Friday, April 10, 2009

Only in the USA...Muslims, and Christians, and Jews oh my!!!!

Tonight as I sit at my computer trying to decide what to write for tomorrow's post, I have a few minutes to reflect on my day. I had gone to sleep the night before at 5:30 am after prepping dinner for our Passover Seder that was held this evening. I had gotten up at 8:00 am to finish up a few last minute things. I had to make some appetizers, so I started the Tziziki Dip, bright and early in the day. I had marinated my Turkey Breast and Filet Mignon the night before, got my potato kugel, matzoh farfel stuffing, and apple matzoh kugel ready. I chopped my onions and crushed my garlic for the mushrooms, got the broccoli and cauliflower casserole ready. I made Passover Rocky Road Brownies, Michelle's Heavenly Lemon Mousse, and a few other things.

I thought about my Passover table...

Here I was, a Brooklyn girl of Italian descent, preparing a Passover Seder, where the guests would be of Catholic, Jewish, Unitarian, and Muslim faiths. What a beautiful country we live in, where we could all come together to share in each other's heritage!

Ours was not your typical Seder because we did have some meat and dairy served at the same meal to accommodate all of the guests. There were some Greek appetizers, some Lebanese appetizers in the form of Hummus and Baba Gounnash, there was an Italian Salad of Tomatoes and Mozzarella, a good old American Filet Mignon and Turkey, and Matzoh Ball Soup, Gefilte Fish, and several different types of kugel, a virtual International Smorgasbord.

Where else all could all this occur, in the most relaxed and harmonious environment? Where else would you see all four religions reading from the Haggadah together, in one voice. If we can do this in one household, why can't we do this in our world?

As I set the table, with mini Seder plates for each person,

(Rather than have to pass everything as the Seder begins
I started to make up these mini plates put at each persons
place. It includes an egg, matzoh, salt water, choreses, horseradish, wine, and parsley)

I reflected on how lucky I am to have the family and friends that I do. To sit and watch them all take part in this beautiful tradition was both moving and meaningful, making all the hours of work worth it. I only wish that all of you could experience the incredible day that I was blessed to be a part of!

The props to explain the plagues to our newbies attending their first Seder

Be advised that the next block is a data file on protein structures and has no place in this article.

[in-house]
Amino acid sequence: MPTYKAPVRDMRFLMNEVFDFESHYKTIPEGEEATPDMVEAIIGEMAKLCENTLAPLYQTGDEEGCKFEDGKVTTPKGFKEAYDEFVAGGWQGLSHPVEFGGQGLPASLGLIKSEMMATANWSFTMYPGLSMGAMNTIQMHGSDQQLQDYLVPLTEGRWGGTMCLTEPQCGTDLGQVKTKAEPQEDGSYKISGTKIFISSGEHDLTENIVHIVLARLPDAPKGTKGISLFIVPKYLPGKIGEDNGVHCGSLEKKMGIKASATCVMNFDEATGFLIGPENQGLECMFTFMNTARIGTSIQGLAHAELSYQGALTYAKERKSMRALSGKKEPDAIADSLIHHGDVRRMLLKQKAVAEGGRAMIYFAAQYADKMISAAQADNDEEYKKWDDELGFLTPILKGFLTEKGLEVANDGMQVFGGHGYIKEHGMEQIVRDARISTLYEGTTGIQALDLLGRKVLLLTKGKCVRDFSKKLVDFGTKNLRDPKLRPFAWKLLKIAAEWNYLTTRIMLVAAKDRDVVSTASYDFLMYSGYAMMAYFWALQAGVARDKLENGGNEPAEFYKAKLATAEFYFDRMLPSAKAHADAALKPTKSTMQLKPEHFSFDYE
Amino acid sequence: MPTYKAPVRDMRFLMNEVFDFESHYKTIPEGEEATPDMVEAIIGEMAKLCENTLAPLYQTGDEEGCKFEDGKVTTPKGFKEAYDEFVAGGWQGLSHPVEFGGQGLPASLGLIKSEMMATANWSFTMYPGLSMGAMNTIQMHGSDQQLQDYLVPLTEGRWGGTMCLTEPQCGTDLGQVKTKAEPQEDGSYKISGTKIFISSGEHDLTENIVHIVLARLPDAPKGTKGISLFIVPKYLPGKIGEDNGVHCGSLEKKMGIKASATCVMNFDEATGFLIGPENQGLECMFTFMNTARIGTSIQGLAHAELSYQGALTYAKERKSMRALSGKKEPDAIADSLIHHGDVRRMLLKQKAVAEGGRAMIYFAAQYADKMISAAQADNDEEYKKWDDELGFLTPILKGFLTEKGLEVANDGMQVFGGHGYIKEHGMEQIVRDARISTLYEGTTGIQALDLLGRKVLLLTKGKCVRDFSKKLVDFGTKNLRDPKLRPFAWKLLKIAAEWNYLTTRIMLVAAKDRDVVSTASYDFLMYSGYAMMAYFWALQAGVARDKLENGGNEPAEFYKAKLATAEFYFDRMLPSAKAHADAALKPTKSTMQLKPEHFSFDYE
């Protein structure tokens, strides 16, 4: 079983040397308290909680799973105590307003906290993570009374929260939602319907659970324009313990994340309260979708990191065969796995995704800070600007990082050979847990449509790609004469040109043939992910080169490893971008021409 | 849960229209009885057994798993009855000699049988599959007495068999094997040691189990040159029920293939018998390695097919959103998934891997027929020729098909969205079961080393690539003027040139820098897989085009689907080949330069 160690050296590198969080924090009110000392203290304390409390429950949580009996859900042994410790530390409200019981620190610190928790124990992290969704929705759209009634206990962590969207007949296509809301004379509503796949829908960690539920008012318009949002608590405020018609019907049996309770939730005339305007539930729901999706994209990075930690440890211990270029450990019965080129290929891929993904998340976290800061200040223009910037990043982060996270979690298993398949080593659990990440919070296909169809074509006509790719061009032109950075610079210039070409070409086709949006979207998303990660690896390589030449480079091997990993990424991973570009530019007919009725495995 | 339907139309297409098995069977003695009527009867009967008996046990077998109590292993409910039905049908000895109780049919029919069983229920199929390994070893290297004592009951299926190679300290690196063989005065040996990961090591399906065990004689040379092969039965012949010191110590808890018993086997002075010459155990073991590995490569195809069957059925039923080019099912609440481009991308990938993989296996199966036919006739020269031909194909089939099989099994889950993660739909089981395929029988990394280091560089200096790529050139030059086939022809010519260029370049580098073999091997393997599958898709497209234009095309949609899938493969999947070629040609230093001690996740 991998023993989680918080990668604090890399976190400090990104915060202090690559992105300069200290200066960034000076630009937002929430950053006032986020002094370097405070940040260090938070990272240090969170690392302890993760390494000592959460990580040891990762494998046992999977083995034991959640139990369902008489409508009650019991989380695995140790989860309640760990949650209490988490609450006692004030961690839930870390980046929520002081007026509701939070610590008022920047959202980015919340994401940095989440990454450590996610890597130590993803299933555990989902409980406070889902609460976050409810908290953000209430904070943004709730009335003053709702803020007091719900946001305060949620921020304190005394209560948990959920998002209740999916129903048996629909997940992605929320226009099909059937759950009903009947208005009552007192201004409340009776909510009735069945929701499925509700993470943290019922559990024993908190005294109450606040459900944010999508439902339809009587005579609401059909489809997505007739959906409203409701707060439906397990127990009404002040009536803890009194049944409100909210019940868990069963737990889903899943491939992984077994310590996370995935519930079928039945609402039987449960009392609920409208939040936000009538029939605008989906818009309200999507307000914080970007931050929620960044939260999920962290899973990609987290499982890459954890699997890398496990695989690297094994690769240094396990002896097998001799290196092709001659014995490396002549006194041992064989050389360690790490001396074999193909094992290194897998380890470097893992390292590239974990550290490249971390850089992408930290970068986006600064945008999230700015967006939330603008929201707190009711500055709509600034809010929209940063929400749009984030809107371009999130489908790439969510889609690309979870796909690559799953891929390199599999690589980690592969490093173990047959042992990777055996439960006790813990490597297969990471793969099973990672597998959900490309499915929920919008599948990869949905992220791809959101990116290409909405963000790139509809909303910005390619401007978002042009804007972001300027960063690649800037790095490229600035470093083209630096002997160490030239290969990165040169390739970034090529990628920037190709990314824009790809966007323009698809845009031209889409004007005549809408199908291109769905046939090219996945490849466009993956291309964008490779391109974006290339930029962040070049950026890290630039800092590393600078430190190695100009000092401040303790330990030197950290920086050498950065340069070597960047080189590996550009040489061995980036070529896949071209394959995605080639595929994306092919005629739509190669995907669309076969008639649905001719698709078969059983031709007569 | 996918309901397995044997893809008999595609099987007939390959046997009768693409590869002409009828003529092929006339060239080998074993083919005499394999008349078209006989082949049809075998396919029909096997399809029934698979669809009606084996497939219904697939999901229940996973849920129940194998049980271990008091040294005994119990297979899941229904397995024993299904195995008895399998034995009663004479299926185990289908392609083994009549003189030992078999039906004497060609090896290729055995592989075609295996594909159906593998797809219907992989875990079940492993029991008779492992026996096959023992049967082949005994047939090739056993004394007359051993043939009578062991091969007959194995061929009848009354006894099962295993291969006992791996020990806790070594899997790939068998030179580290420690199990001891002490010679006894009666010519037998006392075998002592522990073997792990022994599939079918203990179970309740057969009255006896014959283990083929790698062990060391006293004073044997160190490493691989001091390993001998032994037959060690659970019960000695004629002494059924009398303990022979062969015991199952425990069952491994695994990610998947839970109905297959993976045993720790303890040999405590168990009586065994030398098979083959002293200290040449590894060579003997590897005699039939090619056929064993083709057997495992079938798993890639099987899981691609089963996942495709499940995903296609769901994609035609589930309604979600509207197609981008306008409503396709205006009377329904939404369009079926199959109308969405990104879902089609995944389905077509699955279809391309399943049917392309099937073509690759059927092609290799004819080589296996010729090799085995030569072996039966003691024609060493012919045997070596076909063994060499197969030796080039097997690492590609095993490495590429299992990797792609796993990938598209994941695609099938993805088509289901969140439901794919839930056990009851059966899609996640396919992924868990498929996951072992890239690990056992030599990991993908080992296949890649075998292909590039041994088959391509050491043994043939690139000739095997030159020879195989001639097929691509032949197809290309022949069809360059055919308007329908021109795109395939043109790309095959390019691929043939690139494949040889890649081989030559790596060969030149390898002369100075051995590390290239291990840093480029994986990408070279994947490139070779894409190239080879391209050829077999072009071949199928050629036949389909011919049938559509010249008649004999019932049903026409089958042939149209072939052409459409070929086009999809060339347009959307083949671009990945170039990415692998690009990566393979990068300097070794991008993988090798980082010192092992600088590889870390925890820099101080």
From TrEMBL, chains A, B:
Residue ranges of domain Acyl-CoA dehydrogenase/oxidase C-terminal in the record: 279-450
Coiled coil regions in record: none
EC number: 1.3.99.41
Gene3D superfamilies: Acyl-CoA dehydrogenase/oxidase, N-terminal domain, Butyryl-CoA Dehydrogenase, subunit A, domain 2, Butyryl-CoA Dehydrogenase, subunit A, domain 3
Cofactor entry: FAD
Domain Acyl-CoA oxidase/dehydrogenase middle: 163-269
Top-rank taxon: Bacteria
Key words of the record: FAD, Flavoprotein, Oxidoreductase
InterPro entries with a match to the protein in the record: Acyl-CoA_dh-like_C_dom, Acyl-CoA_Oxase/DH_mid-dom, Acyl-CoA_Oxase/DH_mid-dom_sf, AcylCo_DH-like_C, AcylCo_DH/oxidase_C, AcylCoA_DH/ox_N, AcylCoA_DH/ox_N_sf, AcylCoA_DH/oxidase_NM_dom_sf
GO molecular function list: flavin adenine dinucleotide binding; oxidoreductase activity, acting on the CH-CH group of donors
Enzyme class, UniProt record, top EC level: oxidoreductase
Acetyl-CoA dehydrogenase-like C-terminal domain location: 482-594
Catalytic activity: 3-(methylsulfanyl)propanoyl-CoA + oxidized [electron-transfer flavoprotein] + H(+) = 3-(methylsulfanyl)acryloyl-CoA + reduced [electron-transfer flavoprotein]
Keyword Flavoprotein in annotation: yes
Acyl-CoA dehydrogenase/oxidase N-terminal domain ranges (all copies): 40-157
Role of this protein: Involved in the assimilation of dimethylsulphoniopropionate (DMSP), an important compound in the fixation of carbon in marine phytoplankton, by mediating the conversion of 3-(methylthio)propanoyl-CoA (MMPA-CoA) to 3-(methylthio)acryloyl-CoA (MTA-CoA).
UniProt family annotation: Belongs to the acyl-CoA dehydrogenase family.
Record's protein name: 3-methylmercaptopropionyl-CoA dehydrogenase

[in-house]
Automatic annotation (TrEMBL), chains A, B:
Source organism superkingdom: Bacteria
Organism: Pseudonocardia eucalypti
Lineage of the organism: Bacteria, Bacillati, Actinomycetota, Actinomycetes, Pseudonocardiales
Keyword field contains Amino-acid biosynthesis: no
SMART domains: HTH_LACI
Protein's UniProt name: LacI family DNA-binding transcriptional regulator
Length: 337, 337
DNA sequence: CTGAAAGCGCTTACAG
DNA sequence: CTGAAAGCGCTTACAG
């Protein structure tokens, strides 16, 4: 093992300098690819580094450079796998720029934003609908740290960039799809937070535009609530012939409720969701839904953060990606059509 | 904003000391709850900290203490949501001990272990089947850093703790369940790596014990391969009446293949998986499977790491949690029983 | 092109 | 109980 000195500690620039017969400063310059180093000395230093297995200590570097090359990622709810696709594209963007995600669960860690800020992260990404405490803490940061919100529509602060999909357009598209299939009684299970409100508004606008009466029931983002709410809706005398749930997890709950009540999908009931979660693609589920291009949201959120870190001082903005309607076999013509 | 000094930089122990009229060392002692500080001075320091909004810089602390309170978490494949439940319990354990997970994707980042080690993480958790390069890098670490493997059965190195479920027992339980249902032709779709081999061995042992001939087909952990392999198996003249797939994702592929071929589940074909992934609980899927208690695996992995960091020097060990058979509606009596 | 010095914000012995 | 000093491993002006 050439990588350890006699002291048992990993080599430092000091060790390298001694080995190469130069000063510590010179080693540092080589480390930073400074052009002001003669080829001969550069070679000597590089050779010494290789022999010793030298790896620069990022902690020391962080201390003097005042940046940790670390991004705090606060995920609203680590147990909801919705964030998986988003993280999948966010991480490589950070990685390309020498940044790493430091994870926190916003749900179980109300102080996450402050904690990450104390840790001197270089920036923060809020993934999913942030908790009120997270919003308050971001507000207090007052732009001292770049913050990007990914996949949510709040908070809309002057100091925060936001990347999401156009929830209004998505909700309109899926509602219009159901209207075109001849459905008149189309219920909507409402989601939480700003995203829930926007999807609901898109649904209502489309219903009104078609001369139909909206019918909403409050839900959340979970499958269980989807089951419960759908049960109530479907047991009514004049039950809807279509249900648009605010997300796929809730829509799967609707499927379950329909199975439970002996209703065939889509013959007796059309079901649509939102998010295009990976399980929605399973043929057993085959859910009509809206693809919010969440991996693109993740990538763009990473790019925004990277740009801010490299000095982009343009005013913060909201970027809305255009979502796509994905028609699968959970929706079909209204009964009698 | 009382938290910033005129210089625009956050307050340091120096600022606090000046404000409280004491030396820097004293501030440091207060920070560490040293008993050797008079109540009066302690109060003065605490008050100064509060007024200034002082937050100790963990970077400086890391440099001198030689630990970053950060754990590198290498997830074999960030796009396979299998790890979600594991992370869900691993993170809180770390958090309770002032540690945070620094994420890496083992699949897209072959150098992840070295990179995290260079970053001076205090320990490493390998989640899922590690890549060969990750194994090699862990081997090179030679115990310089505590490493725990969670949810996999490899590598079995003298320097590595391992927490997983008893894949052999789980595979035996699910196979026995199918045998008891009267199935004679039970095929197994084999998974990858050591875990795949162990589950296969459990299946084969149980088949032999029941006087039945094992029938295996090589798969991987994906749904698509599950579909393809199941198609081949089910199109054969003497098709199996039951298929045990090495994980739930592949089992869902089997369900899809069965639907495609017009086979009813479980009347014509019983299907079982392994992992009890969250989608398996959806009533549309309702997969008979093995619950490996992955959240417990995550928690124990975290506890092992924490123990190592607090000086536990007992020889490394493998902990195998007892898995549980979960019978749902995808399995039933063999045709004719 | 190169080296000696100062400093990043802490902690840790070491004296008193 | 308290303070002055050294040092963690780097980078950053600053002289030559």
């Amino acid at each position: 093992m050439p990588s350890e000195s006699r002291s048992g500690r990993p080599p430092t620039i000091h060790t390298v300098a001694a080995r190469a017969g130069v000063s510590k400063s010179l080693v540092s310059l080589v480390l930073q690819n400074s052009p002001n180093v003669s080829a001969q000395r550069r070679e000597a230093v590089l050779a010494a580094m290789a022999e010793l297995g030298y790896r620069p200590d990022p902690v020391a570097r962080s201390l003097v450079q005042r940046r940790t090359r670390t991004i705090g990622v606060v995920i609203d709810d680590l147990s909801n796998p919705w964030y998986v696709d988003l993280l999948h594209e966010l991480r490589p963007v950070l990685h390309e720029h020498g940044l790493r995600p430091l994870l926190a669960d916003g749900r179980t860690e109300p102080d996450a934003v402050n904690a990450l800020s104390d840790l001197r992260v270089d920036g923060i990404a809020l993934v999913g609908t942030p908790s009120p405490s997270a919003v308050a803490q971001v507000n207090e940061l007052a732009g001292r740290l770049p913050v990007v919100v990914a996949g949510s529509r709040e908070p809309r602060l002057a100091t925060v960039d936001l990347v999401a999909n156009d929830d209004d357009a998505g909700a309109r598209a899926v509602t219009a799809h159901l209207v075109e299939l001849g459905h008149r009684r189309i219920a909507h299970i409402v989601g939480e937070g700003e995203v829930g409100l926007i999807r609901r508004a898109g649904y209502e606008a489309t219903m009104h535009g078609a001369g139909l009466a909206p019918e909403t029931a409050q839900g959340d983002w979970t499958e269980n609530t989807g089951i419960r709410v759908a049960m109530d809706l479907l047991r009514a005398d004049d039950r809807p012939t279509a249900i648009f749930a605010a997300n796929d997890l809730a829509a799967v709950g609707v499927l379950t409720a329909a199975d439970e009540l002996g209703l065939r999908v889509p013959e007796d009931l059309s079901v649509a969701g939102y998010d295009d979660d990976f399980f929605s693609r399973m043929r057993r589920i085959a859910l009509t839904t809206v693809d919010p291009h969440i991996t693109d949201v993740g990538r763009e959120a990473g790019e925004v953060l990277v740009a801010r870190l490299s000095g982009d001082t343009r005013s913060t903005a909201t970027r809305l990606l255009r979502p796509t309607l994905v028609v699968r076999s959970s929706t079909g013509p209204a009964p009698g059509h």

JoAnna attending her first Seder, and Lindsey who is becoming a veteran

Marc begins the Seder

Josh did us proud with his reading of the four questions

Steven and Josh (best friends since they were babies)
remembered they actually went to Hebrew school

Baby Edin at his second Seder, listening to the plagues
Mom Jasminka looking on

Marc and Steve explaining the symbolism of the evening

JoAnna dipping during the explanation of the plagues

Marc, Edin (who is now our official grandchild) and Jasminka
bonding during the explanation of the plagues

Edin checking out all the plague symbols as Marc read them

Steve, Josh, and Steven
(sometimes water is thicker than blood)

The girls get equal time
Joanna, Lindsey, and Rae
(my right arm for all these years)

Haris and Edin enjoying the night

Haris as usual trying to fix a problem for me

Edin is very busy with his Blackberry and his cell

I love this baby!

My other "baby" Marc,
after conducting another beautiful Seder,
a job well done!

and now if you will excuse me, I'm off to think about
the preparation of Easter dinner...
only in America!!!!!!

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  1. Elise, we had a wonderful time, and all the food was delicious as always.
    Edin enjoyed playing with the plagues(the frogs and the boils were his favorite), but Steve's cell phone was the biggest hit :))

  2. As you say....only in America!
    The church I attend is Congregational and founded originally by Japanese Christians over 100 years of our members is married to a Jewish man who is a contractor and built our new sanctuary and the social hall. One year they hosted a Seder in the Social Hall and it was attended by a large part of our congregation composed of Japanese-Americans, Filipino-Americans, Hawaiians, Chinese-American, plain old Americans and one Cuban (me) - It was fascinating learning about the symbolism of the foods and about the plagues.

  3. Hi Sonia,

    If only the rest of the world could get along like we do! How ridiculous to fight over God! That's the beauty of Hawaii, it is so well blended!